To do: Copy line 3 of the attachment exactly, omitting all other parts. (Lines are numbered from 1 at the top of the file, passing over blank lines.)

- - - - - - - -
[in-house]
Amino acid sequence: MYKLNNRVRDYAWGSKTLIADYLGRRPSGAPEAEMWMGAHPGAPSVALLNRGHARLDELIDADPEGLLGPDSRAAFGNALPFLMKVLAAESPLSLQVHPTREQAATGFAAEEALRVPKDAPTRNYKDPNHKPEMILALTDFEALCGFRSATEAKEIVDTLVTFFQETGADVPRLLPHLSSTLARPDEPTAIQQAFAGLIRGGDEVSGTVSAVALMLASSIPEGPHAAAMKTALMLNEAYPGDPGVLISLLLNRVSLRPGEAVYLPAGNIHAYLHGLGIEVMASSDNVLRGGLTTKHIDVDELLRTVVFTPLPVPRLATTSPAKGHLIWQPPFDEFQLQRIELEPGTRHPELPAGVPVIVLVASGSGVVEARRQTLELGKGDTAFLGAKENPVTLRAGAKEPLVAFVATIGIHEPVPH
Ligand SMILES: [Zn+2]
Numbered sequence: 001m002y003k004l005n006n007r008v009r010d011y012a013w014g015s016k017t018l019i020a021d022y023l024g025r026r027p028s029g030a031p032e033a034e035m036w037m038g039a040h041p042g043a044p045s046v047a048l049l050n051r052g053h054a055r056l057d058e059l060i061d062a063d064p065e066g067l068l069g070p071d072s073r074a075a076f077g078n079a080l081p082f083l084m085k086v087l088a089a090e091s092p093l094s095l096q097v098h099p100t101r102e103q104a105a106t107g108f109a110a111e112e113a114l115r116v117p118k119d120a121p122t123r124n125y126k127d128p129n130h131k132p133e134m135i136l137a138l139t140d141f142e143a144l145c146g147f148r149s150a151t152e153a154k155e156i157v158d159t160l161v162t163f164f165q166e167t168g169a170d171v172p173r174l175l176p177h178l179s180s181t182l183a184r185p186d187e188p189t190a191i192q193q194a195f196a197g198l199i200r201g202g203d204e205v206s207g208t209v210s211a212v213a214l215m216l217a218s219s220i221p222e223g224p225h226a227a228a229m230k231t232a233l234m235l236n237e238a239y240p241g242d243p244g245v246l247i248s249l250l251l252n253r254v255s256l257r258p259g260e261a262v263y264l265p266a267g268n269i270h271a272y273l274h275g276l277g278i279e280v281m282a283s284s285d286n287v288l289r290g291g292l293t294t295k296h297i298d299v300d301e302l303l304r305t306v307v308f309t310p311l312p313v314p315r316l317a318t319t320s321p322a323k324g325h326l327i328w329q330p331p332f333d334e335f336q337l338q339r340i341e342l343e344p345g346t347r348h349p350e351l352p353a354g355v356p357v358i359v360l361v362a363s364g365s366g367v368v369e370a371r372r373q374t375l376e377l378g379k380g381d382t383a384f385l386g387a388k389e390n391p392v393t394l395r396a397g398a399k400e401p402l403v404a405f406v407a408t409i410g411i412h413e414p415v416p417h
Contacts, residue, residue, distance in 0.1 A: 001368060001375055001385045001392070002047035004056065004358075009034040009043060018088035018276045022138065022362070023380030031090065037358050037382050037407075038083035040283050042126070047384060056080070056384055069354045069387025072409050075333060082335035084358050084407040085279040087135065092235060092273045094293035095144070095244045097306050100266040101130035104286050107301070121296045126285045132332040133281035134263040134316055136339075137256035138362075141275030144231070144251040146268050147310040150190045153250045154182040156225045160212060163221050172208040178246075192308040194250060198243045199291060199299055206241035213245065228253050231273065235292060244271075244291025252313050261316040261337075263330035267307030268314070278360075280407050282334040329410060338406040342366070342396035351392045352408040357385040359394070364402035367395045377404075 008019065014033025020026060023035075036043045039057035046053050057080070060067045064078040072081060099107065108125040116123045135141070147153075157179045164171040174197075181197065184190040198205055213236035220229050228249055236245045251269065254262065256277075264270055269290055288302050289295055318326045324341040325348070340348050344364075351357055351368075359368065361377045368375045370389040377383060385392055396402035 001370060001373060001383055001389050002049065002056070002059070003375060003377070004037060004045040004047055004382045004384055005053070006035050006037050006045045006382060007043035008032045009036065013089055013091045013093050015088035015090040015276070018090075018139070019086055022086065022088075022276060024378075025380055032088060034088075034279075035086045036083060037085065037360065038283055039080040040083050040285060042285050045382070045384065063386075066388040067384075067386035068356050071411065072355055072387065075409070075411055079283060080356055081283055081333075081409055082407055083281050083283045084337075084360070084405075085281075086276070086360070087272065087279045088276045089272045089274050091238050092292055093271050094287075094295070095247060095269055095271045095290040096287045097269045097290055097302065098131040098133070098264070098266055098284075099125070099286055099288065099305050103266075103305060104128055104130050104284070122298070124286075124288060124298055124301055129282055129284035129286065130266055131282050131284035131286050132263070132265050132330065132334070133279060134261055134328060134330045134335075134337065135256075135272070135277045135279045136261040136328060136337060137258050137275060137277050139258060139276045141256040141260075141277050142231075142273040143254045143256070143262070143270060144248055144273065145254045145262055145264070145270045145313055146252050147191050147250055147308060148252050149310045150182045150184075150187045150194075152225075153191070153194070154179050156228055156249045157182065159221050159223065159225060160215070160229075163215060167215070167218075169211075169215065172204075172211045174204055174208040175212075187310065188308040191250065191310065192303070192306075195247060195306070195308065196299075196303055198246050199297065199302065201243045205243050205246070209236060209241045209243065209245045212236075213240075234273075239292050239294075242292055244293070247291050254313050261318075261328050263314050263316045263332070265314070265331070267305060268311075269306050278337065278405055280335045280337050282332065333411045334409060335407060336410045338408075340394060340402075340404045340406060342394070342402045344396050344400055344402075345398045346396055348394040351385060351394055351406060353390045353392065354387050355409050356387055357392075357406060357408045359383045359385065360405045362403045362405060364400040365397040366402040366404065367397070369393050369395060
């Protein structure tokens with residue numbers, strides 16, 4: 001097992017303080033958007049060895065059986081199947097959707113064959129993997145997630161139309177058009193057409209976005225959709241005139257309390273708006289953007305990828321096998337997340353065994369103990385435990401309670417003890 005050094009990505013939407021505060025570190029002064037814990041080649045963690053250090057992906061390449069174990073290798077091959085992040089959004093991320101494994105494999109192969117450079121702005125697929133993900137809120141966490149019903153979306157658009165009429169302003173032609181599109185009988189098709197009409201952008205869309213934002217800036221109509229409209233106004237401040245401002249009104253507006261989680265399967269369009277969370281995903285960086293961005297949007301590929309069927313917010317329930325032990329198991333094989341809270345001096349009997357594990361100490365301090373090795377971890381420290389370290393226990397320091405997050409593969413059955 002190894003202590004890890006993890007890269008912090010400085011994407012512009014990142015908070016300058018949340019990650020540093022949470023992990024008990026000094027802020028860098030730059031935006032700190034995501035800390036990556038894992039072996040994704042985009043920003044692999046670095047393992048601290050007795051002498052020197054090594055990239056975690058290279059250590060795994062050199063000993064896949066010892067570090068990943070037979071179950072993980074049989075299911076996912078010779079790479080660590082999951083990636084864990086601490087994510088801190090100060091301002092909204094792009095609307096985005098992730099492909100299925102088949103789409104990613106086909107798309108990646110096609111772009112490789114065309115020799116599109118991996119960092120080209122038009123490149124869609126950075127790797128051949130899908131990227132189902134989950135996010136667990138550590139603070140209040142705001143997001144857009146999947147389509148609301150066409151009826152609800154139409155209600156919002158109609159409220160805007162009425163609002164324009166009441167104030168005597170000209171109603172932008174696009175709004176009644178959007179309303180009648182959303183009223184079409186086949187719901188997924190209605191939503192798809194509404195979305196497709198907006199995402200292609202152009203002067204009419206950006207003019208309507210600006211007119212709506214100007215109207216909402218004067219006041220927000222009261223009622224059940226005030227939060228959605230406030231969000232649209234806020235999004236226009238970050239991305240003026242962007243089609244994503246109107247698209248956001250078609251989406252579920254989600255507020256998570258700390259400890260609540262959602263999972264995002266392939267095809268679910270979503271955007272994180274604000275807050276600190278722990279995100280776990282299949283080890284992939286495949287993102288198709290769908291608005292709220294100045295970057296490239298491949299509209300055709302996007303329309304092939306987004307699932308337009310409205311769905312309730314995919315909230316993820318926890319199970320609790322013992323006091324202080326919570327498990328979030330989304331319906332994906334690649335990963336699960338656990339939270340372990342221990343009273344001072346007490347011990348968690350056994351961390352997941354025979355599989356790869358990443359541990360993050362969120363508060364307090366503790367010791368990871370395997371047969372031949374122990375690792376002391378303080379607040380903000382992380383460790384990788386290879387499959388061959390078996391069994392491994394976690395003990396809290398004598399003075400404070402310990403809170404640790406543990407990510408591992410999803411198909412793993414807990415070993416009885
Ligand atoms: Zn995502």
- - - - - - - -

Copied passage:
Ligand SMILES: [Zn+2]